Abstract

The chances of optical computing are probably best if a large number of processing elements act in parallel. The efficiency of parallel processors depends, among other things, on the time it takes to communicate signals from one processor to any other processor. In an optical parallel processor one hopes to be able to transmit a signal from one processor to any other processor within only one cycle period, no matter how far apart the processors are. Such a global communications network is desirable especially for algorithms with global interactions. The fast Fourier algorithm is an example. We define a degree of globality and we show how speed and globality are related. Our result applies to a specific architecture based on spatial filtering.

© 1989 Optical Society of America

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References

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  1. J. Shamir, “Fundamental Speed Limitations on Parallel Processing,” Appl. Opt. 26, 1567–1567 (1987).
    [CrossRef] [PubMed]
  2. C. Froehly, B. Colombeau, M. Vampouille, “Shaping and Analysis of Picosecond Light Pulses,” Prog. Opt. 20, 63–153 (1982).
    [CrossRef]
  3. H. Bartelt, S. K. Case, A. W. Lohmann, “Visualisation of Light Propagation,” Opt. Commun. 30, 13–19 (1979).
    [CrossRef]
  4. H. Meyer et al., “Design and Performance of a 20-Stage Digital Light Beam Deflector,” Appl. Opt. 11, 1732–1736 (1972).
    [CrossRef] [PubMed]

1987 (1)

1982 (1)

C. Froehly, B. Colombeau, M. Vampouille, “Shaping and Analysis of Picosecond Light Pulses,” Prog. Opt. 20, 63–153 (1982).
[CrossRef]

1979 (1)

H. Bartelt, S. K. Case, A. W. Lohmann, “Visualisation of Light Propagation,” Opt. Commun. 30, 13–19 (1979).
[CrossRef]

1972 (1)

Bartelt, H.

H. Bartelt, S. K. Case, A. W. Lohmann, “Visualisation of Light Propagation,” Opt. Commun. 30, 13–19 (1979).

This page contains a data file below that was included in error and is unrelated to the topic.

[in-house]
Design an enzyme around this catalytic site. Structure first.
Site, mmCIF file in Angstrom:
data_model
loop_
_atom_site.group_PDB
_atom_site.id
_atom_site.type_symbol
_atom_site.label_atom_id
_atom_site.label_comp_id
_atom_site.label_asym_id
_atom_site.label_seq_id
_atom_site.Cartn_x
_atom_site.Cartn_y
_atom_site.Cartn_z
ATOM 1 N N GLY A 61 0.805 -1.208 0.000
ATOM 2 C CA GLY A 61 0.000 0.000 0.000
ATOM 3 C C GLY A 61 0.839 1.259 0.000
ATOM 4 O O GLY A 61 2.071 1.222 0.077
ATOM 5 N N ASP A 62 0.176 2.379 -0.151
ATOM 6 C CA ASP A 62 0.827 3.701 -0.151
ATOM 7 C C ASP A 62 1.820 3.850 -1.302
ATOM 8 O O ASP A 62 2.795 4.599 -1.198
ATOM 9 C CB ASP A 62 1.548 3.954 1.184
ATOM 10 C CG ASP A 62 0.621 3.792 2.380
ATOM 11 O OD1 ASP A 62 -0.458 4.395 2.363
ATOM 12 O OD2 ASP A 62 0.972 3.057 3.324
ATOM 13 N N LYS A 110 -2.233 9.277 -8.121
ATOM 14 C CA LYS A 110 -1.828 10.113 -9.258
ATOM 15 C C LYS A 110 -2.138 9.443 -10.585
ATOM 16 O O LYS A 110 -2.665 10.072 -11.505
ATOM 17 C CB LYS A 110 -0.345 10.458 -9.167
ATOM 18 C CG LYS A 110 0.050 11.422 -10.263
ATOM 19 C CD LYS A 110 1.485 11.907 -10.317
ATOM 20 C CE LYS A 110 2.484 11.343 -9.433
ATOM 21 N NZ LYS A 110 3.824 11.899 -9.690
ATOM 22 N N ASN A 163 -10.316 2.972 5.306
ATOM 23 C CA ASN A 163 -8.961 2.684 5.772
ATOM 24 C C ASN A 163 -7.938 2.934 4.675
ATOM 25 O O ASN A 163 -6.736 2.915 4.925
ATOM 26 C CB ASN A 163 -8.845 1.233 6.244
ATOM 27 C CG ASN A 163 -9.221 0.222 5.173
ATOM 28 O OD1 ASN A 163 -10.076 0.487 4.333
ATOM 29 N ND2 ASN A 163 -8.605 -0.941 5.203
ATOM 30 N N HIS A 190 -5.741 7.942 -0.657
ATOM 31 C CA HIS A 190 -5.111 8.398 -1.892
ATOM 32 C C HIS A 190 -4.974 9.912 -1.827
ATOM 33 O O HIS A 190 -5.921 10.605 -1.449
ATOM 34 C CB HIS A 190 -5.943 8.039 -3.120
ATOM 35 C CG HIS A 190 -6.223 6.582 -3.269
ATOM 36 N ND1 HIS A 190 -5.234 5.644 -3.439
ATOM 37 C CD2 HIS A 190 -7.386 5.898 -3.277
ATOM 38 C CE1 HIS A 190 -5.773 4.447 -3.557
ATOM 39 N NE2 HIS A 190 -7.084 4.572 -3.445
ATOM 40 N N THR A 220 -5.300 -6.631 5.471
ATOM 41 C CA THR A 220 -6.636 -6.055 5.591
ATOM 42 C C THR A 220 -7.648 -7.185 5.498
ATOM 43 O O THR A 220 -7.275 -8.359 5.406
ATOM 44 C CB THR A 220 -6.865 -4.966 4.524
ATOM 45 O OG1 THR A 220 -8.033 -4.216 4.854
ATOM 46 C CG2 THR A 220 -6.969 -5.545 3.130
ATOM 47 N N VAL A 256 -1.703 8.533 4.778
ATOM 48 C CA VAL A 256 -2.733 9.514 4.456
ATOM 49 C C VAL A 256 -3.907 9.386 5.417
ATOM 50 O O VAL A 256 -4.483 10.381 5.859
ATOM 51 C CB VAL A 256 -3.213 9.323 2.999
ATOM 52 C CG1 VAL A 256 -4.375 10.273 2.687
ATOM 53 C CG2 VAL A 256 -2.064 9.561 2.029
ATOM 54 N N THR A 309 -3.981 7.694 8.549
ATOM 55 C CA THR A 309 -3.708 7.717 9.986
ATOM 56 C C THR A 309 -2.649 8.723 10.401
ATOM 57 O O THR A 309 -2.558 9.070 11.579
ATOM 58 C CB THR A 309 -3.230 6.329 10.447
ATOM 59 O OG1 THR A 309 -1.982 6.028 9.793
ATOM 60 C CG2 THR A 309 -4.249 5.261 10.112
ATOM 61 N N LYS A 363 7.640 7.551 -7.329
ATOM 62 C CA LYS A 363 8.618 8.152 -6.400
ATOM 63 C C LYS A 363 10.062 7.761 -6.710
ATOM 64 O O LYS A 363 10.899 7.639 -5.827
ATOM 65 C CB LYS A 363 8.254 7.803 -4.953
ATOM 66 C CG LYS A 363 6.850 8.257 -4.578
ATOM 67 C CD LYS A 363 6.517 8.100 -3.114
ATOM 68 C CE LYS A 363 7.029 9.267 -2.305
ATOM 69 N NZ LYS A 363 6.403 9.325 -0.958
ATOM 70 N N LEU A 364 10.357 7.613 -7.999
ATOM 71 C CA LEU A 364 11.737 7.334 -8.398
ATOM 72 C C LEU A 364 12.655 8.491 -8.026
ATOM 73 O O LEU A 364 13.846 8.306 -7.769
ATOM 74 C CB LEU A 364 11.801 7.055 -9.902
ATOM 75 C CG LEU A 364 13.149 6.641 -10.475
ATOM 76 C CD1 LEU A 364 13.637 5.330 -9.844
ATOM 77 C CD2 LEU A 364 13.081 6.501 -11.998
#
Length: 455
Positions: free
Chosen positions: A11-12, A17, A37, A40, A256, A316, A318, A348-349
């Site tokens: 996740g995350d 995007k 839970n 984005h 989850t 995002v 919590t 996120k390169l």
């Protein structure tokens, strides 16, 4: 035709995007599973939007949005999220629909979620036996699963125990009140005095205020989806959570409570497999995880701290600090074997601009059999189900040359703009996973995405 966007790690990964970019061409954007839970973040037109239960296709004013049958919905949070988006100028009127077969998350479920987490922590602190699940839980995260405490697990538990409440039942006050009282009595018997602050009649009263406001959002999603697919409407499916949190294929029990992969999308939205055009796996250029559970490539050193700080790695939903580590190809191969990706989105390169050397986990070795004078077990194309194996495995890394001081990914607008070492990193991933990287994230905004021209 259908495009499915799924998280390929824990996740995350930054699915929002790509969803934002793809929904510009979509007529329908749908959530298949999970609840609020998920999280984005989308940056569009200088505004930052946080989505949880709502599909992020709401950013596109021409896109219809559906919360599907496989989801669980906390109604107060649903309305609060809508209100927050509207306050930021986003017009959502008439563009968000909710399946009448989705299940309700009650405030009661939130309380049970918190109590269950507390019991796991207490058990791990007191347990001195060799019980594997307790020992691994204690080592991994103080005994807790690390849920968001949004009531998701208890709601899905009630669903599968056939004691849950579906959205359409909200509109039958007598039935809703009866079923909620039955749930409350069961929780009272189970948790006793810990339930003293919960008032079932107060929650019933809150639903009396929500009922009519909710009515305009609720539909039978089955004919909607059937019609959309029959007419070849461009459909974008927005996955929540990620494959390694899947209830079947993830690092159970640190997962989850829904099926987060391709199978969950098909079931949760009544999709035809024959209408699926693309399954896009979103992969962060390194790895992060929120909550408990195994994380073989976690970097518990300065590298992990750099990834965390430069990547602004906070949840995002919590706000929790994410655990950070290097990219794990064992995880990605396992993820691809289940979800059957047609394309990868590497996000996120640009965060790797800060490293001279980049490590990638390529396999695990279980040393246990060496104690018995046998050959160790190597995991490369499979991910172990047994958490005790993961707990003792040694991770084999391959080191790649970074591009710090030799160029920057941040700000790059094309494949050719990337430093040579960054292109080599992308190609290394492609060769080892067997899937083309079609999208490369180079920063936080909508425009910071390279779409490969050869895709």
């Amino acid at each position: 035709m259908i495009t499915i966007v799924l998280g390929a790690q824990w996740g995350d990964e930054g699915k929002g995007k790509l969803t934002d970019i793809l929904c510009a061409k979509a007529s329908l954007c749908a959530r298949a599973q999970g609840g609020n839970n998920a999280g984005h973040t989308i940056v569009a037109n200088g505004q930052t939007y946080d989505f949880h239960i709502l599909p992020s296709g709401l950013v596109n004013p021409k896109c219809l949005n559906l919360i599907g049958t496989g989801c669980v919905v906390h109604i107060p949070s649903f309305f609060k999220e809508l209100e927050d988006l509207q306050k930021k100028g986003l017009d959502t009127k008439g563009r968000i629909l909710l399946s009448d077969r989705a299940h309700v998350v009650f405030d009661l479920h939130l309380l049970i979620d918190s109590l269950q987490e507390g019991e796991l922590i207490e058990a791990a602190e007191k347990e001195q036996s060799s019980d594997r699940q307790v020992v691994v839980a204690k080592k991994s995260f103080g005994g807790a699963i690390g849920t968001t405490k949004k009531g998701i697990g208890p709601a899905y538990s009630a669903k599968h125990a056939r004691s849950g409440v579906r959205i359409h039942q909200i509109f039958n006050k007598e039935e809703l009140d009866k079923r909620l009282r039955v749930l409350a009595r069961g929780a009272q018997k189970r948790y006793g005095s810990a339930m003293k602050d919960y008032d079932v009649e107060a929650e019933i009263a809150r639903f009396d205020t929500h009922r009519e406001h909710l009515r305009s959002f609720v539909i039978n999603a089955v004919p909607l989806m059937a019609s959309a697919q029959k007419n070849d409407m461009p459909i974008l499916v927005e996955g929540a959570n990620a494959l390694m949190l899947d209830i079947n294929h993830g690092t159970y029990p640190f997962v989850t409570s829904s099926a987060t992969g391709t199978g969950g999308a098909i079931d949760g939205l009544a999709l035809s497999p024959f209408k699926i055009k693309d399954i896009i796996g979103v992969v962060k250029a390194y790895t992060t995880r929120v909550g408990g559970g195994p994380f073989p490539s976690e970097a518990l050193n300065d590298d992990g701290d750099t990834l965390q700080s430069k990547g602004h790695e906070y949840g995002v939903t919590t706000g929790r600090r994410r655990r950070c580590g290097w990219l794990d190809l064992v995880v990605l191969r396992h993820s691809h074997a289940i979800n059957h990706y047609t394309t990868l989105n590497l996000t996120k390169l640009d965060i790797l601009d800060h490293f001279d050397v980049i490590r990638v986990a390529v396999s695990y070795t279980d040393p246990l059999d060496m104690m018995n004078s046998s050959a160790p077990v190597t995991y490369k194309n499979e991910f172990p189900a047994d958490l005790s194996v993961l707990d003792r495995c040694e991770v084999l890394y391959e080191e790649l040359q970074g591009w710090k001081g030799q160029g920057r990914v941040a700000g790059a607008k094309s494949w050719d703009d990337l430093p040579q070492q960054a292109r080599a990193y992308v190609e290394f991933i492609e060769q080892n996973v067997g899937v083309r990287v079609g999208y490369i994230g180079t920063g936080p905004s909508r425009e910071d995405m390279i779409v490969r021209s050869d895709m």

[CrossRef]

Case, S. K.

H. Bartelt, S. K. Case, A. W. Lohmann, “Visualisation of Light Propagation,” Opt. Commun. 30, 13–19 (1979).
[CrossRef]

Colombeau, B.

C. Froehly, B. Colombeau, M. Vampouille, “Shaping and Analysis of Picosecond Light Pulses,” Prog. Opt. 20, 63–153 (1982).
[CrossRef]

Froehly, C.

C. Froehly, B. Colombeau, M. Vampouille, “Shaping and Analysis of Picosecond Light Pulses,” Prog. Opt. 20, 63–153 (1982).
[CrossRef]

Lohmann, A. W.

H. Bartelt, S. K. Case, A. W. Lohmann, “Visualisation of Light Propagation,” Opt. Commun. 30, 13–19 (1979).
[CrossRef]

Meyer, H.

Shamir, J.

Vampouille, M.

C. Froehly, B. Colombeau, M. Vampouille, “Shaping and Analysis of Picosecond Light Pulses,” Prog. Opt. 20, 63–153 (1982).
[CrossRef]

Appl. Opt. (2)

Opt. Commun. (1)

H. Bartelt, S. K. Case, A. W. Lohmann, “Visualisation of Light Propagation,” Opt. Commun. 30, 13–19 (1979).
[CrossRef]

Prog. Opt. (1)

C. Froehly, B. Colombeau, M. Vampouille, “Shaping and Analysis of Picosecond Light Pulses,” Prog. Opt. 20, 63–153 (1982).
[CrossRef]

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Figures (10)

Fig. 1
Fig. 1

Fermat's principle: (a) minimum path via C and (b) degeneracy: many paths have equal lengths.

Fig. 2
Fig. 2

Image formation as Fermat degeneracy. Group of concentric circles: shapshots of the wave packet.

Fig. 3
Fig. 3

Image formation with double degeneracy. Path length from A and B is the same as from A′ to B′: (a) 4f setup; (b) two tubes in cascade; (c) and (d) equal path lengths from A and from A′ till midway point.

Fig. 4
Fig. 4

Double degenerate image formation: two shapshots of two wave packets that started simultaneously at different input locations.

Fig. 5
Fig. 5

Wave packet traveling through a prism.

Fig. 6
Fig. 6

Shearing of a wave packet by grating diffraction.

Fig. 7
Fig. 7

Wave packet split by a Wollaston prism into two beams with orthogonal polarization. Dots and dashes indicate orientation of the crystal axis within the Wollaston.

Fig. 8
Fig. 8

Grating with two orders used as a spatial filter for (a) fan out, at locations J + J0 and JJ0 respectively (not labelled); emitter located at J, and (b) fan-in.

Fig. 9
Fig. 9

Output plane of the setup in Fig. 8(a): S = shift; δx = resolution length.

Fig. 10
Fig. 10

Spatial filter setup with holographic filter of width B and carrier period d.

Equations (10)

Equations on this page are rendered with MathJax. Learn more.

L = A B nds extremum .
L / c = Δ t = ( n / c ) d s = d t ; V = c / n = d s / d t .
sin α = λ / d .
Δ t 2 = B sin α / c = m d ( λ / d ) / c = m τ 0 .
I ( t ) rect [ ( t t ) / Δ t 2 ] d t = I out ( t ) .
S = λ f / d .
δ x = λ f / B = S / m .
Δ t 2 = m τ 0 .
m = Δ t 2 / τ 0 = S / δ x .
Δ t 2 / τ 0 = SW .

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